Optionally, proceed to choose an icon image for the component (must be a 48 x 48 PNG, JPG, or GIF image).
If you've selected the Replace in current configuration option in step 3, the plan will now feature a component in place of the original steps.
Configuring a Component in ONE Desktop
In ONE Desktop, configuring the state and main file for ONE components is straightforward:
Right-click on a ONE component and choose Configure.
Edit the Implementation state and select the main file to determine which components are nested.
Mapping a Property as a Parameter
Mapping a step property as a parameter empowers you to set different values for that property each time a component is used. Here's a practical example:
Imagine using the Ataccama Derive Name of Day from Date component. You can specify values for two parameters:
- The language for generating output day names.
- Whether to use abbreviated or full day names.
Here's how it works:
In the component, an Add parameters Alter Format step introduces two columns as parameters. To map the language column as a parameter, you:
Access the step properties and map the Expression property as a parameter by right-clicking Expression and selecting Map as Parameter.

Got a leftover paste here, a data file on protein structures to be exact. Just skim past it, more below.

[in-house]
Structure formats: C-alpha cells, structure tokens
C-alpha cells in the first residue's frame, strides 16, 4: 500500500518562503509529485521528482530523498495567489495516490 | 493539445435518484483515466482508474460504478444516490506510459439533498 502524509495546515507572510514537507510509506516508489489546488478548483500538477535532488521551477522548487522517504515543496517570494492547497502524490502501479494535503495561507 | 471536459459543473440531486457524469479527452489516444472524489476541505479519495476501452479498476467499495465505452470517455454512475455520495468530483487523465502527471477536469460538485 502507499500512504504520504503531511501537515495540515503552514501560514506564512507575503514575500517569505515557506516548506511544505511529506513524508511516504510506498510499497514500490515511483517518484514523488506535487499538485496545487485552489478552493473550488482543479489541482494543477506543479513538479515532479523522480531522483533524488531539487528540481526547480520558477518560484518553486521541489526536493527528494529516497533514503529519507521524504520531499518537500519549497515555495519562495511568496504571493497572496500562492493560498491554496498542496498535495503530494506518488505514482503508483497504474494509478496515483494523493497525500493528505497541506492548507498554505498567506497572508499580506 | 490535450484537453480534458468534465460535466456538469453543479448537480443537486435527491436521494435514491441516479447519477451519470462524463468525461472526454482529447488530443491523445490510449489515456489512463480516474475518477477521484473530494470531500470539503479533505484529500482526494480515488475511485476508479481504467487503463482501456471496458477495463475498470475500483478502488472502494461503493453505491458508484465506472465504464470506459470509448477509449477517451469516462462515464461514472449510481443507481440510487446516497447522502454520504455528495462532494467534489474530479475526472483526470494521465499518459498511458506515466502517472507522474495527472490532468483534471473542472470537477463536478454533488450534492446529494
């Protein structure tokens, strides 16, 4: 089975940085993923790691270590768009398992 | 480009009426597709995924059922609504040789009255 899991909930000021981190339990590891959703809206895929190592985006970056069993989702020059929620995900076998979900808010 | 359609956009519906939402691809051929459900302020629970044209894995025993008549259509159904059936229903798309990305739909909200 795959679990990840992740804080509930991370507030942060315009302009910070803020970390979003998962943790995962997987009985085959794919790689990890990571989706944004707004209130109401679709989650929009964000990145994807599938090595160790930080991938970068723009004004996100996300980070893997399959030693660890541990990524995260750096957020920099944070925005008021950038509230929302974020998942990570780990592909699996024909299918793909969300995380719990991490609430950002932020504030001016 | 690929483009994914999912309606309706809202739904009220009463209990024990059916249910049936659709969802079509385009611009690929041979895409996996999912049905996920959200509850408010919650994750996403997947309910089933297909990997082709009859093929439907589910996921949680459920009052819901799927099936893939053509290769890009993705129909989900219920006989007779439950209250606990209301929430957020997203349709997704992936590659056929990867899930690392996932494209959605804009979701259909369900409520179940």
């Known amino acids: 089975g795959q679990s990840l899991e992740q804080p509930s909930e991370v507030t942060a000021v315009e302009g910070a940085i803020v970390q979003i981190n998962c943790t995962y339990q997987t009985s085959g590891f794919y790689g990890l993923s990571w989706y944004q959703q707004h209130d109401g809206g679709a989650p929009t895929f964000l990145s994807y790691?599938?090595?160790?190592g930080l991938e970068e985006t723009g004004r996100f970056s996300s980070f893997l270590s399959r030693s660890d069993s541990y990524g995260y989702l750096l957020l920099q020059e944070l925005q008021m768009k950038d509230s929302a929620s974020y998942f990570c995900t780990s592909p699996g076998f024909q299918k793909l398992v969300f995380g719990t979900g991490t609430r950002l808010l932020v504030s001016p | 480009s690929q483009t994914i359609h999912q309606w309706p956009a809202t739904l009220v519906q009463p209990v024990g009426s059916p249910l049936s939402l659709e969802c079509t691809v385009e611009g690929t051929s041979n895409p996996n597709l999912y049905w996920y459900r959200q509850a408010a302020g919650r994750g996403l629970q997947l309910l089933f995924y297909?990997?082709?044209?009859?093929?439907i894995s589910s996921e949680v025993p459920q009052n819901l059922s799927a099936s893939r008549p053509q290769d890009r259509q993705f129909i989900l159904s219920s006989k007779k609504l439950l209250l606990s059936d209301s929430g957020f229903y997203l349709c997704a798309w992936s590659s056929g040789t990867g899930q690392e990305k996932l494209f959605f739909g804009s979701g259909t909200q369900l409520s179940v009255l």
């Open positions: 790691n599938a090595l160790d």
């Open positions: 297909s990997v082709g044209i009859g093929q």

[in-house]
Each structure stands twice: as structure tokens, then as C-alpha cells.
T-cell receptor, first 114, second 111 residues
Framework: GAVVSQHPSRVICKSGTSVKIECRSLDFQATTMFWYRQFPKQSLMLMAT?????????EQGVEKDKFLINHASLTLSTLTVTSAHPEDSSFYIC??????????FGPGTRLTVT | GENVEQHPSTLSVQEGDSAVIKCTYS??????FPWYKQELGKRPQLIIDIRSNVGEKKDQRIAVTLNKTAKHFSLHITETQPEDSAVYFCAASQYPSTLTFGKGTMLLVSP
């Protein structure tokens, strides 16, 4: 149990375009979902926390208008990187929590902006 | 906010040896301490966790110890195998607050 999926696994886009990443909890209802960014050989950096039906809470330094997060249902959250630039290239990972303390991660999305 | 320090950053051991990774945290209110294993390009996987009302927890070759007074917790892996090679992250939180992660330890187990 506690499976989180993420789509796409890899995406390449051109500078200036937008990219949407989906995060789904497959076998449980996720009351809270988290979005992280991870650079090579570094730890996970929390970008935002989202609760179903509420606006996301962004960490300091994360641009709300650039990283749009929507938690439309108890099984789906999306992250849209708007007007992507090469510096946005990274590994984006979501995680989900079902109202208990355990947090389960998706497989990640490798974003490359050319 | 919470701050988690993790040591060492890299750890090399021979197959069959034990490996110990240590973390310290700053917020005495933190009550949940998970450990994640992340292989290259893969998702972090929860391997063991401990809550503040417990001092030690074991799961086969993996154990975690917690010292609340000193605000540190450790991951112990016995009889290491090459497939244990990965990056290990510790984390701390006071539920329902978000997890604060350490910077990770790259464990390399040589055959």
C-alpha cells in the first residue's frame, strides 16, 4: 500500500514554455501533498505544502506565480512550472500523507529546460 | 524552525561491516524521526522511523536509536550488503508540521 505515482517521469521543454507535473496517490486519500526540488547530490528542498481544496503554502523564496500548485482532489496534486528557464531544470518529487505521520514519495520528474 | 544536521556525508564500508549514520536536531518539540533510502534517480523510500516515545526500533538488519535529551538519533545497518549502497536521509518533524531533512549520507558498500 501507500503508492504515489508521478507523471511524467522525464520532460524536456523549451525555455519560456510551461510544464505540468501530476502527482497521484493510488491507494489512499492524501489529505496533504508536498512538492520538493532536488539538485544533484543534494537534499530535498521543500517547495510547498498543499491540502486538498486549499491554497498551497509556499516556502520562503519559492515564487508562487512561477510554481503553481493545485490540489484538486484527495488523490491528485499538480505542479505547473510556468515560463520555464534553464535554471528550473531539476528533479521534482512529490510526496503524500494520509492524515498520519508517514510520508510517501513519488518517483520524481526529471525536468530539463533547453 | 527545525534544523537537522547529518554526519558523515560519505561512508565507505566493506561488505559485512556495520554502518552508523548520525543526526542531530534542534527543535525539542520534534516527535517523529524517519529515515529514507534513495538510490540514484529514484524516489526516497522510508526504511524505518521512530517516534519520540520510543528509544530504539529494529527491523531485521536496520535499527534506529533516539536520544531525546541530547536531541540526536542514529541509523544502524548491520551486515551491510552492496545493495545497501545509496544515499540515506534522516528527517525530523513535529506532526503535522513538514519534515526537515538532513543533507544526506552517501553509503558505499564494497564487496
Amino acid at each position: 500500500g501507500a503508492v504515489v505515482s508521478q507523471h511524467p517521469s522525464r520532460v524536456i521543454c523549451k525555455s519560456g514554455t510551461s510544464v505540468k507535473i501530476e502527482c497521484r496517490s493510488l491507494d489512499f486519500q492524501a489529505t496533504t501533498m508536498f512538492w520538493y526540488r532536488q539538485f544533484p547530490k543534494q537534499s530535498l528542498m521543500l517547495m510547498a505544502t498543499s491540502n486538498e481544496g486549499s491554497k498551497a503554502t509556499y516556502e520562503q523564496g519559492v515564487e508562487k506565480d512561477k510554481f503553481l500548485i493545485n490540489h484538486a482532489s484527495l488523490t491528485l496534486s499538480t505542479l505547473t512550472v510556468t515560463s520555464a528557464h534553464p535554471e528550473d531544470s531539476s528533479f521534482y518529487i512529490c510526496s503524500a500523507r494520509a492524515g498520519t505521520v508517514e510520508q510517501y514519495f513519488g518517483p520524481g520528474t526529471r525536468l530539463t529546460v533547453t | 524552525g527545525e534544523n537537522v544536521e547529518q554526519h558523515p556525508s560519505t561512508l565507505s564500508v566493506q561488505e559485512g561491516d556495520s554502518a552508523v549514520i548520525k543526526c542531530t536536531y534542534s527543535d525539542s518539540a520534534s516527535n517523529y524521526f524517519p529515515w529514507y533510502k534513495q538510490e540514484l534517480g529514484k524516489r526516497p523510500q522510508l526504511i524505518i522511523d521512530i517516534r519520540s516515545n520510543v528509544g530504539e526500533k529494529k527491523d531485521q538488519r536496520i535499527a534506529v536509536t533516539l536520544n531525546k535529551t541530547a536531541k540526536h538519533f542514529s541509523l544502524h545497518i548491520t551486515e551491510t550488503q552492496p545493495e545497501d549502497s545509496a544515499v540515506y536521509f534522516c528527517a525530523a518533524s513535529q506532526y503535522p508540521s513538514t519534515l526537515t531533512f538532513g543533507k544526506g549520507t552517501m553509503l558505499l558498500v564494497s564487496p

Specify the parameter name and description, which aids when using the parameter in an external plan or another component.
After mapping a property as a parameter, you can assign a value to the property, serving as the default if no parameter value is provided.
When you use the component with a parameter in a plan, the parameter name will be displayed capitalized, accounting for multiple capital letters as different words.
- ABCParameter → ABC Parameter
- myPar → My Par
- myABCPar → My ABC Par
Why Some Components Do not Have Mappable Output Columns
At times, when attempting to use a component in a plan (or another component) and map output columns, you may encounter a scenario like this: